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Why Yogis Do Not Solicit Teachings
From Discarnate Souls

 By Swami Isvaramayananda

In 2002 Swami Isvaramayananda, President of the Sivananda School of Yoga, issued the pamphlet titled "A True Spiritual Path - True Mysticism Compared with Religion, Occultism and Intellectual Investigation".
It summarizes the philosophy of Swami Isvaramayananda, and the Yoga School's Secretary, Swami Karunananda, and the majority of the Yoga School's satsangis. In doing so, it explains why advaitists - non-dual philosophers - regard the realms and experiences encountered beyond the range of our physical senses as just as illusory as our material world.

The practice of Yoga does not, or should not, include soliciting teachings from discarnate souls. Indeed, deliberately seeking to do so is a dangerous malpractice, warned against by Swami Sivananda in his book "What becomes of the soul after death?" while acknowledging that enlightened masters may come down to teach the meditating yogi, Gurudev Sivananda makes it clear that one cannot easily access the quality of such souls. Moreover, such contact should never be sought. "Strange things happen when large forces stir in small vessels." Many a charlatan is able o pose as a vedantist and parrot exalted philosophy without a real appreciation of his own words. Certainly, "By their fruits ye shall know them", but even fruit which is good on the outside may later be discovered to be rotten at the core. Many naive seekers cannot separate the wheat from the chaff, and are led up the garden path with revelations which, spiritually, are of little more value than stamp collecting. Beware of psuedo-spiritual distractions in the form of spiritualistic practices and do not, ego driven, pursue the development of psychic faculties and mediumship. Your sadhana (Spiritual curriculum) will suffer. How easy it is to be led astray, at the cost of real inner spiritual progress.

Mediumship and siddhis (psychic faculties) are not evidence of masterhood. These faculties appear in saints and sinners alike, and the latter are invariably led astray by them. Moreover, it is not among the ranks of those who present, or flock to see, signs and wonders, that spiritually advanced saints are found. In the slightly altered words of a master: "Certainly we desire to present evidence to all, but not that it should rest in material form of belief; relying on an external exhibition which is of little benefit to the soul. We labour for something higher than to show that spirits can do badly under special conditions what men can do better under other conditions. We go beyond showing man that beings invisible to him can interfere in the order of his world".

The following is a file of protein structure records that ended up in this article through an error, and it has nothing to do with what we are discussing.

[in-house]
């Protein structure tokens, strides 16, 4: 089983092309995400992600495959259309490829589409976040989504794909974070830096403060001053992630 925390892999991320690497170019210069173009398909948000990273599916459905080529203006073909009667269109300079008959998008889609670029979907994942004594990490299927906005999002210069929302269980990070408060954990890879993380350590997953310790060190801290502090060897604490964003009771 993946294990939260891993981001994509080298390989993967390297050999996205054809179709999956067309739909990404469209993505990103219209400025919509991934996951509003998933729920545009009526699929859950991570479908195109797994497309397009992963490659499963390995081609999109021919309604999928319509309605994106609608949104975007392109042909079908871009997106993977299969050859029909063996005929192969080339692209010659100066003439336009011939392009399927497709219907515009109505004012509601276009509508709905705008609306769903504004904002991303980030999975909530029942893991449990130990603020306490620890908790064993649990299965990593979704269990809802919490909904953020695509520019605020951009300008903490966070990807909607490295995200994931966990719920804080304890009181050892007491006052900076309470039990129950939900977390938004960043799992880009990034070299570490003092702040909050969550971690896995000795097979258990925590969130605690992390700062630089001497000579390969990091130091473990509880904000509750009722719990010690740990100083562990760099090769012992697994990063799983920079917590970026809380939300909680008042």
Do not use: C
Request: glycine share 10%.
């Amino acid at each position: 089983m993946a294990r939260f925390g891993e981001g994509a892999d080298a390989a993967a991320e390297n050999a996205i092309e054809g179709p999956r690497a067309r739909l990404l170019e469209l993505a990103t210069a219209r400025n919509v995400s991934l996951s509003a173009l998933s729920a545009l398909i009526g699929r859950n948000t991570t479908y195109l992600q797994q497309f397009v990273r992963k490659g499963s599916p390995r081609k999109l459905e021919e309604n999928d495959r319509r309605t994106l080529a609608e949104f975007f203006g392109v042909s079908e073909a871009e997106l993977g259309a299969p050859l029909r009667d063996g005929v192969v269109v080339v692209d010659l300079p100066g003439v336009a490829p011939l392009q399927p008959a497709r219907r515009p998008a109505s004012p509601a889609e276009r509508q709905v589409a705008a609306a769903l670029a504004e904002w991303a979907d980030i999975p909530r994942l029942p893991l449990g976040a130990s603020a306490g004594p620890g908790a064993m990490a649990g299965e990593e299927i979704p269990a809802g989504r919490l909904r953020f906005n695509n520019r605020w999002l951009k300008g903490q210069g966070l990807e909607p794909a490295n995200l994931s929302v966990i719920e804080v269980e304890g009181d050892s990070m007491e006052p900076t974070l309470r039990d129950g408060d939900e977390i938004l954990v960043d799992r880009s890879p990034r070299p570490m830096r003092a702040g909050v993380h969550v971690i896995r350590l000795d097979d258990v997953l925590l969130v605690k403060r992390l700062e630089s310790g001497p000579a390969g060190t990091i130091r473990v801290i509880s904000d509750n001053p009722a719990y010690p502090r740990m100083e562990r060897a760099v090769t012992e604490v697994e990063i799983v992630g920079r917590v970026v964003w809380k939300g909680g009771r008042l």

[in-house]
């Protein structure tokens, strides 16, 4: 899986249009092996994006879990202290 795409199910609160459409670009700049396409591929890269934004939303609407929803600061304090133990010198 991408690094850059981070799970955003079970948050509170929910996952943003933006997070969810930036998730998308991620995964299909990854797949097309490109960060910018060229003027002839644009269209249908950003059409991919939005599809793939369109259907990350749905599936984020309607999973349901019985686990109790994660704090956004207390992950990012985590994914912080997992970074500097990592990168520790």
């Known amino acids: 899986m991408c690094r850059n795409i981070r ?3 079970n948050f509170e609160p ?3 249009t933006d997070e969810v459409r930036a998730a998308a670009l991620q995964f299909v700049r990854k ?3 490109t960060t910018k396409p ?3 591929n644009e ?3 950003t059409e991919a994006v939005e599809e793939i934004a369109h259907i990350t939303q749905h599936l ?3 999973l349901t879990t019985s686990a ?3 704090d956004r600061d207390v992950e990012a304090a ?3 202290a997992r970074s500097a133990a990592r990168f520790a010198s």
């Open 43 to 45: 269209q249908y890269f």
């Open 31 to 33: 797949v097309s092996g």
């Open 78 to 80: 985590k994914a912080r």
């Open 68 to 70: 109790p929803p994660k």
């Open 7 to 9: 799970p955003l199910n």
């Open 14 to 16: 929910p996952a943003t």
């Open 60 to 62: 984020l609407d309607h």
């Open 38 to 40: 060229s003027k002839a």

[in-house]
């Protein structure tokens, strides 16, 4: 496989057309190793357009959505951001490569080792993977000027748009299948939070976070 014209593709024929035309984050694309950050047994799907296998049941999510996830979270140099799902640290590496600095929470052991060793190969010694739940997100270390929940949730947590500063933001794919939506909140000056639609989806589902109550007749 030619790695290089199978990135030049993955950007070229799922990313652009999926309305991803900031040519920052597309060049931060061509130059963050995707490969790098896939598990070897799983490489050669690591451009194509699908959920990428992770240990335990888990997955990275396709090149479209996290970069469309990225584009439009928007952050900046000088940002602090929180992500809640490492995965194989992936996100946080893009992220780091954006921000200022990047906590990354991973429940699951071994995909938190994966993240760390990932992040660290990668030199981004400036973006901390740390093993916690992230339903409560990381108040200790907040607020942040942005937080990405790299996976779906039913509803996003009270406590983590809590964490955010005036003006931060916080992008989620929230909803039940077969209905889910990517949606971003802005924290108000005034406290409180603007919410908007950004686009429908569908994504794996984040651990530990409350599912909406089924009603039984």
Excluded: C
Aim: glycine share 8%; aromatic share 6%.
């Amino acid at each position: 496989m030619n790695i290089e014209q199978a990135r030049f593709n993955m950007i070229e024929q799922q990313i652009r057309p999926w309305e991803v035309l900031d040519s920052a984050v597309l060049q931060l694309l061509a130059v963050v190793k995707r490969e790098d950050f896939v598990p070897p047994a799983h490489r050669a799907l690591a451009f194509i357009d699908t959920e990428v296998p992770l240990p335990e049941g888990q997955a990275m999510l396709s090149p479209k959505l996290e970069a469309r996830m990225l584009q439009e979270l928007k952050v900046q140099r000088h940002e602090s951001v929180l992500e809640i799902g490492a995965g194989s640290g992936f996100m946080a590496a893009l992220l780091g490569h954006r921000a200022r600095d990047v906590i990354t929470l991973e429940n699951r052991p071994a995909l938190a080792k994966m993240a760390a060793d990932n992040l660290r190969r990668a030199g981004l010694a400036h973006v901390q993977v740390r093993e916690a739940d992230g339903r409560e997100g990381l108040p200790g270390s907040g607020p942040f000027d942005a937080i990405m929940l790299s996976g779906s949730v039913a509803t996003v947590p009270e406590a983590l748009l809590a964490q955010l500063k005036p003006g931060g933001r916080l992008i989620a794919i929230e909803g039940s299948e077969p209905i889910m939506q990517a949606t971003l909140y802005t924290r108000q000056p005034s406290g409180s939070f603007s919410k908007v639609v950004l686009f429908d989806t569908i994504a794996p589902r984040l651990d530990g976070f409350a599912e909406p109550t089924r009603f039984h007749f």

Yoga is a purely spiritual, not occult or psychic, science, and a true spiritual path is an inner one. The supreme practice is meditation, the only way to true enlightenment and God-realistaion. Meditation leads to "that peace which the world cannot give," the "peace which passeth understanding." It is only by going within that we "drink the water which, having drunk, we will never thirst again;" that we acquire "that knowledge, having which, all else is known."

Spiritualism, as it is commonly perceived, is recognised by the state as a religion, and we find no fault with those who still need it. However, it is not for yogis, who see fascination with the spirit world as a trap, and devote themselves rather to an inner spiritual journey which transcends all religions. Truth is no respecter of traditions, beliefs, scriptures, masters or religions, and the true spiritual path transcends them all.

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Yogis

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